The fitness industry can definitely foster unhealthy relationships with body image, food and eating. From someone who has battled eating disorders from age 17, it’s filled with triggers – yet I’m still involved with an industry whose noxious breadcrumbs led me down a very dangerous path. So why am I still here? I’m in love with movement and I’ve learned some valuable lessons on how to tune into my own internal GPS instead of chasing hazardous ideals. This defiance has become part of my mission and why I choose to be here in this industry and why I fight for it to be more welcoming. But honestly with a history of toxic thoughts and unhealthy patterns, I have to be proactive about how I navigate and exist in the fitness space. Here’s some things we promote at the studio to help: 1. I do not participate in weight loss or body shaming conversations. 2. I don’t talk about an exercise being good for a better looking body part or looking good for bikini season etc. 3. I avoid labeling food and exercise as good or bad. 4. I check myself regularly. I can’t exist in a hole where eating disorder triggers are banished. So at times I need to reframe my thoughts from what my body looks like to what my body can do. 5. I listen intently to my body. For example if my body needs fuel, I give it fuel instead of overthinking what I should or should not be eating. ❤️ we are here to help protect your mental and physical well being at PDXSTRENGTH. There is a thin line between the healing power of movement and the detrimental impacts of the fitness culture and every day I try to stay sharp enough not to cross it. Xoxo Jossy ❤️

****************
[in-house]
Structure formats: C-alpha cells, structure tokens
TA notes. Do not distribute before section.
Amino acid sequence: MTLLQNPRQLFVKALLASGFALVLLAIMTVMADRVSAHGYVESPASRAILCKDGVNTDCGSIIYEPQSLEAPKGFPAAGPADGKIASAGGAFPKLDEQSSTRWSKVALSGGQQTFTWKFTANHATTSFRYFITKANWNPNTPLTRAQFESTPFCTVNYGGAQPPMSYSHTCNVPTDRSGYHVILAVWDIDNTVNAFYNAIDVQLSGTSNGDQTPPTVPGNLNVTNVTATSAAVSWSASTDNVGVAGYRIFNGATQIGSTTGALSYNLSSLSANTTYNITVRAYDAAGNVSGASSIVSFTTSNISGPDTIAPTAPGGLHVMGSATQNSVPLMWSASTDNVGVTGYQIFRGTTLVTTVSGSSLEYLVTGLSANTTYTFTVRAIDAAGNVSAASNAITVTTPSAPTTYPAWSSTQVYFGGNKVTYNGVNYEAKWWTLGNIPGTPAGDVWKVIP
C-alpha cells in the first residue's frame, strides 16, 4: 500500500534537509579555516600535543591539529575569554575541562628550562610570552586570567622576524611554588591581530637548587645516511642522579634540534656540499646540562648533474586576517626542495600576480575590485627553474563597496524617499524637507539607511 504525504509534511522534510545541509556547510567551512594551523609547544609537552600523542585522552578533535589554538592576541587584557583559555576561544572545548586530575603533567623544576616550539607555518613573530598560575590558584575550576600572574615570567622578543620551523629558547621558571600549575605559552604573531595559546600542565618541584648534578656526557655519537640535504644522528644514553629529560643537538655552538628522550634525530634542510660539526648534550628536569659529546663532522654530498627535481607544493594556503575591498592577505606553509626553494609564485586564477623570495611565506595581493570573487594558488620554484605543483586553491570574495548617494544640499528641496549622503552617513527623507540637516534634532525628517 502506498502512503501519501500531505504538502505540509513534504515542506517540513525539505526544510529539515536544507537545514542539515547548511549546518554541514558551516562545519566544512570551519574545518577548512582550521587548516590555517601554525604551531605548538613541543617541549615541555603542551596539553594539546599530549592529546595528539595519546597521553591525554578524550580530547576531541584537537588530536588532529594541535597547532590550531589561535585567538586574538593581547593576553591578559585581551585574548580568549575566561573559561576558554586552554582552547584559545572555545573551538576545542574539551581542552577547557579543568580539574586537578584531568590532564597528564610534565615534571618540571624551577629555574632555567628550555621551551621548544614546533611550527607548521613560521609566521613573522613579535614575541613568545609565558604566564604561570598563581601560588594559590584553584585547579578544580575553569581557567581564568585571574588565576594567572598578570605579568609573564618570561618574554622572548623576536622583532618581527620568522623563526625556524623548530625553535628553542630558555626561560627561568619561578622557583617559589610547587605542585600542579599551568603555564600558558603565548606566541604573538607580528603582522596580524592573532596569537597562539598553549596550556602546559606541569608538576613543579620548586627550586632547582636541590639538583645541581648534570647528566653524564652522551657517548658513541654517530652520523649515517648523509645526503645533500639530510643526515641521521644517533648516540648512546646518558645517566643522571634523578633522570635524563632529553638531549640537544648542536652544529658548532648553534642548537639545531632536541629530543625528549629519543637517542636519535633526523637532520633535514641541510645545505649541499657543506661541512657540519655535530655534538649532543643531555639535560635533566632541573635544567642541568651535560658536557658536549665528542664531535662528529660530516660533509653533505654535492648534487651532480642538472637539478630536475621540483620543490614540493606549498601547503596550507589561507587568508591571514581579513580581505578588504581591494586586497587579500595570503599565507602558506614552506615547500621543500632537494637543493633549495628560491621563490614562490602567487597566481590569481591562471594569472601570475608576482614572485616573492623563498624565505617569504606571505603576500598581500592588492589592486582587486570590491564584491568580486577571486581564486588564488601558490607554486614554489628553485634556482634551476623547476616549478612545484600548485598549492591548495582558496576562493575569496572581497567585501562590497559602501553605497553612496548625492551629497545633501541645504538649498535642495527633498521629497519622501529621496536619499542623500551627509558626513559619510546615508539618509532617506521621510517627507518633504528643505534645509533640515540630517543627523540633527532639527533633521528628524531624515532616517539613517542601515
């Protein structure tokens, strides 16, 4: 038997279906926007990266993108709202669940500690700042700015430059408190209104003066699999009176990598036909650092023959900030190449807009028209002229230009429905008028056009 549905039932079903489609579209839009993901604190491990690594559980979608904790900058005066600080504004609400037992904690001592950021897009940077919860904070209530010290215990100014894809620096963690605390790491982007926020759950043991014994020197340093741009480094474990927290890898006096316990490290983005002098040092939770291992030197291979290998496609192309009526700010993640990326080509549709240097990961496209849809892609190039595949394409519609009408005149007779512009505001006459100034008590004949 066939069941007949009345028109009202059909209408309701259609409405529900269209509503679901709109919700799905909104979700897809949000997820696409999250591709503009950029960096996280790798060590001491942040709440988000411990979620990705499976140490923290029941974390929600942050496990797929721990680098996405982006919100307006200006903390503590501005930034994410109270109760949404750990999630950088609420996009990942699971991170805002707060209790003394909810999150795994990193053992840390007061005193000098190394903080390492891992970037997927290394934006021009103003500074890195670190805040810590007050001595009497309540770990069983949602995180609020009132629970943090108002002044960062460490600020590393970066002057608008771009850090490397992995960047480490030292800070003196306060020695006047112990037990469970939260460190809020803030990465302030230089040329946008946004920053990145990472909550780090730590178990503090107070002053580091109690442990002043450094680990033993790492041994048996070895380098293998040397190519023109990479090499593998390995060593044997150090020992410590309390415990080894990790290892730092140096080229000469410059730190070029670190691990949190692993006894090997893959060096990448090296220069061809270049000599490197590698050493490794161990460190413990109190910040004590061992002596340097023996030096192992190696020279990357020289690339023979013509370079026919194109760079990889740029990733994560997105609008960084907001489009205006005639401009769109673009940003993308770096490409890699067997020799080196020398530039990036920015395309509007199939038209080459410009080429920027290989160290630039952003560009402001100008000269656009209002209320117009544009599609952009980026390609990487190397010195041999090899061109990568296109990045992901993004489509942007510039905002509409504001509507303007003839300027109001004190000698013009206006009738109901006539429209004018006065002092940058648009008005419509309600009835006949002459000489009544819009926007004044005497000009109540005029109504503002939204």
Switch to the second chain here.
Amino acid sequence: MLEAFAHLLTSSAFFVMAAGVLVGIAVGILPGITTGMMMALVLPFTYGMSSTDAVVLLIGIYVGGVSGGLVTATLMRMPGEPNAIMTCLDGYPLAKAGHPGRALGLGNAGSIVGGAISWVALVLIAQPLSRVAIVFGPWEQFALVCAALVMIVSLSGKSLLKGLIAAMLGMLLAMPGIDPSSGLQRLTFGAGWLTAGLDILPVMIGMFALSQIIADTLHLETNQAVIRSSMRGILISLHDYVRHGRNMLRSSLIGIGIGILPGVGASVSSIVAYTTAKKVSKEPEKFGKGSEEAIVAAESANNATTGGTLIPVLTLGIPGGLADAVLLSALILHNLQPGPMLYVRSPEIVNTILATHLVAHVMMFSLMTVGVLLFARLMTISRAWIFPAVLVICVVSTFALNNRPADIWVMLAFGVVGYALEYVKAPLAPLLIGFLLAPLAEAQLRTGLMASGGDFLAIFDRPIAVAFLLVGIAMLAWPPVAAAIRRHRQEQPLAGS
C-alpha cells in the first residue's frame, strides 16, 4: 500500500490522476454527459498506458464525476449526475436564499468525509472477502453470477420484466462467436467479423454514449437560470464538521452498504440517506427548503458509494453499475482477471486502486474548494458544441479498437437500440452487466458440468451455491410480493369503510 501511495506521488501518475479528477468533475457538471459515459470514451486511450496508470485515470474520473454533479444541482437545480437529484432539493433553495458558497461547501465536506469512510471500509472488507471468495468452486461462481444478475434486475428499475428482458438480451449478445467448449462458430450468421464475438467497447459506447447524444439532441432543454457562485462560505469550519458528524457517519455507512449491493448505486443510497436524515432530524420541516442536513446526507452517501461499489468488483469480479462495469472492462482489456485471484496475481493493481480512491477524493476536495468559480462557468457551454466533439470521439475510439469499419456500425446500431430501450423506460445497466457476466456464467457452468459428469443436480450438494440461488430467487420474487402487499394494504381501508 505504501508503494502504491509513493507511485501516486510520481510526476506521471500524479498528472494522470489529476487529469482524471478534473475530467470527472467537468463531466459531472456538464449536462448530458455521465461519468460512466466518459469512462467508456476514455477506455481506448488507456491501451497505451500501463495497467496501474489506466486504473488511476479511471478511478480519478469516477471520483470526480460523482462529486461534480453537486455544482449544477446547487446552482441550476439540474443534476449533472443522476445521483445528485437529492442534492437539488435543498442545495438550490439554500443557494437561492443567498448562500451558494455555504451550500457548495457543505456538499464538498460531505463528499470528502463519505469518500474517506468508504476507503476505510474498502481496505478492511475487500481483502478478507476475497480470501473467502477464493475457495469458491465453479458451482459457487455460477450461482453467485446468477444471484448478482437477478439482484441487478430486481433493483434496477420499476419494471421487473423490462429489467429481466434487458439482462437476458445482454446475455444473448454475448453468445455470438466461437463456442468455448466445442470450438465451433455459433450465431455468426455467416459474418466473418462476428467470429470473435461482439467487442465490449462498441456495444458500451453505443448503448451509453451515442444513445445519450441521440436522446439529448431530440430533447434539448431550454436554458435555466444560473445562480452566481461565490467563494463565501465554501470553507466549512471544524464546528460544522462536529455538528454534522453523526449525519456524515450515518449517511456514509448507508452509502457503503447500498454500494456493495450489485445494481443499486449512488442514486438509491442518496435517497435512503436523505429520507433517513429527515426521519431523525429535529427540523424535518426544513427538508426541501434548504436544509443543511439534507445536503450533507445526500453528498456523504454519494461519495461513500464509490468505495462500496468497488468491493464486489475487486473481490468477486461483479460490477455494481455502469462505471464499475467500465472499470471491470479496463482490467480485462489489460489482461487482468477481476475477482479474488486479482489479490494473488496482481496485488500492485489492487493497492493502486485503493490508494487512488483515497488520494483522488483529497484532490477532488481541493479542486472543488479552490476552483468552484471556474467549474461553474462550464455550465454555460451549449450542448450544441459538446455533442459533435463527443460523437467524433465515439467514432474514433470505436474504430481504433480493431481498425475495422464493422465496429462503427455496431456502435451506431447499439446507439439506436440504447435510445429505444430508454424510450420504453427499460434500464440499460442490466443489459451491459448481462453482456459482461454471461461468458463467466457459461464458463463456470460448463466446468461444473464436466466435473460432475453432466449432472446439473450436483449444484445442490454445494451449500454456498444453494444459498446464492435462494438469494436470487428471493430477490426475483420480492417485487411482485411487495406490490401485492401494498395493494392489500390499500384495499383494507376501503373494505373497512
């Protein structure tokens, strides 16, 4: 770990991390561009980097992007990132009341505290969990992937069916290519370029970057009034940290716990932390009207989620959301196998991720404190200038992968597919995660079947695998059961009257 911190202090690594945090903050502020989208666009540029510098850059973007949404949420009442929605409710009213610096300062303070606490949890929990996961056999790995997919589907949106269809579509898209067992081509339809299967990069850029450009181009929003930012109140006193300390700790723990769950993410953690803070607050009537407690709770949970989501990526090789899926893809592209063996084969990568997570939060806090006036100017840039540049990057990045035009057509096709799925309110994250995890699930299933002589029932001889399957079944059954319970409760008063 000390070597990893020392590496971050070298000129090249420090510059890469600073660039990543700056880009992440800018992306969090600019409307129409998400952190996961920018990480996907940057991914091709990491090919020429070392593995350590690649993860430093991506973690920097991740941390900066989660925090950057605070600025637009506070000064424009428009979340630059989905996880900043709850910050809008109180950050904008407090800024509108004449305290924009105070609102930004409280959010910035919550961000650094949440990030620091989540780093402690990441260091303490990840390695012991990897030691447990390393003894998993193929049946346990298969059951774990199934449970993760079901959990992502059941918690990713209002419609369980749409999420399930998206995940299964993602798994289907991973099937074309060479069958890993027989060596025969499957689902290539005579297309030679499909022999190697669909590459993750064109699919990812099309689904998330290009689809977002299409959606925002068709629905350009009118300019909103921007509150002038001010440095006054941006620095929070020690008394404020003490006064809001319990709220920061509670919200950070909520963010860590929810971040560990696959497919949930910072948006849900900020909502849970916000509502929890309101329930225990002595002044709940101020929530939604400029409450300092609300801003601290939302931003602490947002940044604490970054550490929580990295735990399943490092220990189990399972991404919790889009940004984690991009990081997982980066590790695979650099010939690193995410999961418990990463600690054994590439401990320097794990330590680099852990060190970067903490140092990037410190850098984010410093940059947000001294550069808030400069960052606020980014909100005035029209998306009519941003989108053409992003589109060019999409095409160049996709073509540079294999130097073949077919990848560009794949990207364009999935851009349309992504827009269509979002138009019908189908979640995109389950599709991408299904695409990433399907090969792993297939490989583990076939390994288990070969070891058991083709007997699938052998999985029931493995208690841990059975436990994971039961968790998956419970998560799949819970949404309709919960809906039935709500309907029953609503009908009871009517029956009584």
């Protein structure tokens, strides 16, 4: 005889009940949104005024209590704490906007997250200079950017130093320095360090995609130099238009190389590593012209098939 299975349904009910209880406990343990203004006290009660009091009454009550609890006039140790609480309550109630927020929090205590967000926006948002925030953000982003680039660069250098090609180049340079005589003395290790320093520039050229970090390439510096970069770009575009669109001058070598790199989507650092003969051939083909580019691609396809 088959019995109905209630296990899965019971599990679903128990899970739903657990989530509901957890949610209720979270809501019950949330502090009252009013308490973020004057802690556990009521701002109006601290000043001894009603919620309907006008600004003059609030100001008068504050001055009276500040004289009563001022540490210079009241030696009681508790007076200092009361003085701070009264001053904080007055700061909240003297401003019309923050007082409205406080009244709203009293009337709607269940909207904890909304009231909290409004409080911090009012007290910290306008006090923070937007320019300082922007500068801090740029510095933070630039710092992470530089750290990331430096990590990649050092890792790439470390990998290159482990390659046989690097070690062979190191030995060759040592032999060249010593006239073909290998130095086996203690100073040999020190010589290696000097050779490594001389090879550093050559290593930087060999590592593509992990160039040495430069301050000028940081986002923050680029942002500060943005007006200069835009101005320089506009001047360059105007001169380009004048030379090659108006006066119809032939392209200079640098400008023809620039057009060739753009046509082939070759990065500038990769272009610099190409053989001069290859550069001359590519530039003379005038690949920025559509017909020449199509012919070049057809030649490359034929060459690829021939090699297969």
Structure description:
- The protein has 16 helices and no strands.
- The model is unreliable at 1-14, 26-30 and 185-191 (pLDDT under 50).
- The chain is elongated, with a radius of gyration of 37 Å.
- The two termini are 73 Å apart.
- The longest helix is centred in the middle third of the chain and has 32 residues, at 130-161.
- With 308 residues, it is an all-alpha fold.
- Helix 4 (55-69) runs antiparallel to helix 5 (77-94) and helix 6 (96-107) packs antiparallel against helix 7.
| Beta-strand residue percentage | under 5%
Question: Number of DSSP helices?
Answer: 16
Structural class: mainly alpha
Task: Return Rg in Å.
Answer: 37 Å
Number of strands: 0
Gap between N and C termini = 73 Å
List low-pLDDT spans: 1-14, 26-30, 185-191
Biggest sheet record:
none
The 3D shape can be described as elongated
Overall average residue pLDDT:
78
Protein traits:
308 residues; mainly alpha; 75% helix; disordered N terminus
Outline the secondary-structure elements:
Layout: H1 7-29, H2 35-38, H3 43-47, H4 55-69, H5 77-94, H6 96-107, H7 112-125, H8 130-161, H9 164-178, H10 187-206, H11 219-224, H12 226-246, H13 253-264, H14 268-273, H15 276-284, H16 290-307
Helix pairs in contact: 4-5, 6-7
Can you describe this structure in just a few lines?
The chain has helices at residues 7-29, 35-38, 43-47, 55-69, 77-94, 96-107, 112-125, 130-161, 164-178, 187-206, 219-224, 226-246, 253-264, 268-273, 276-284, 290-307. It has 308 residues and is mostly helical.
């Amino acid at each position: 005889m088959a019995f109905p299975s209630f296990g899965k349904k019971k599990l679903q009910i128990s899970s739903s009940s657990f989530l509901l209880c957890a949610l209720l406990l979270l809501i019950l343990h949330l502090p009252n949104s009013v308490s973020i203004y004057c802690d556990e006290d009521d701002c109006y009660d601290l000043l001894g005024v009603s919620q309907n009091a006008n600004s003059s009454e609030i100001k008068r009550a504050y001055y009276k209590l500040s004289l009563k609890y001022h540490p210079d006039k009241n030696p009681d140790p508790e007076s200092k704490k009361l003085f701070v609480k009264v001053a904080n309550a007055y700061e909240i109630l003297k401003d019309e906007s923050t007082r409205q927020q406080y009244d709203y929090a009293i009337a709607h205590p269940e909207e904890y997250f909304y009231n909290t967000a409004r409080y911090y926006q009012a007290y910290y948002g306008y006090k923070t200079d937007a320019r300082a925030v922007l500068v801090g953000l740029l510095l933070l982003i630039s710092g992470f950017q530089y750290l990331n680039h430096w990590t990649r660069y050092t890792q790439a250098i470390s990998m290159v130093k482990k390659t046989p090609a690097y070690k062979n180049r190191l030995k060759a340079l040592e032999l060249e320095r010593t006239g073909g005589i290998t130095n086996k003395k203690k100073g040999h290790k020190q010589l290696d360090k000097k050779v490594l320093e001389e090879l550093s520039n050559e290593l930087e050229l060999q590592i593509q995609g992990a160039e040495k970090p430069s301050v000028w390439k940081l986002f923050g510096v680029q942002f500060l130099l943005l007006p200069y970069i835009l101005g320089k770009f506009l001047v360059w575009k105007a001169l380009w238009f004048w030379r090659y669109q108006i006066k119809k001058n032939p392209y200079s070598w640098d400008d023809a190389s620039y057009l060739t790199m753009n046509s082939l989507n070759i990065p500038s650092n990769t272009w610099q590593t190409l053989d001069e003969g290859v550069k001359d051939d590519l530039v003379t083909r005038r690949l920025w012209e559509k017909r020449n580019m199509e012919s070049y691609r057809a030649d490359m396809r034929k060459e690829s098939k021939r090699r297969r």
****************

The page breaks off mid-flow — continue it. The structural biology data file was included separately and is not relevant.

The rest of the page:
Eating Disorders and the Fitness Industry
November 9, 2021 / By j0ssy
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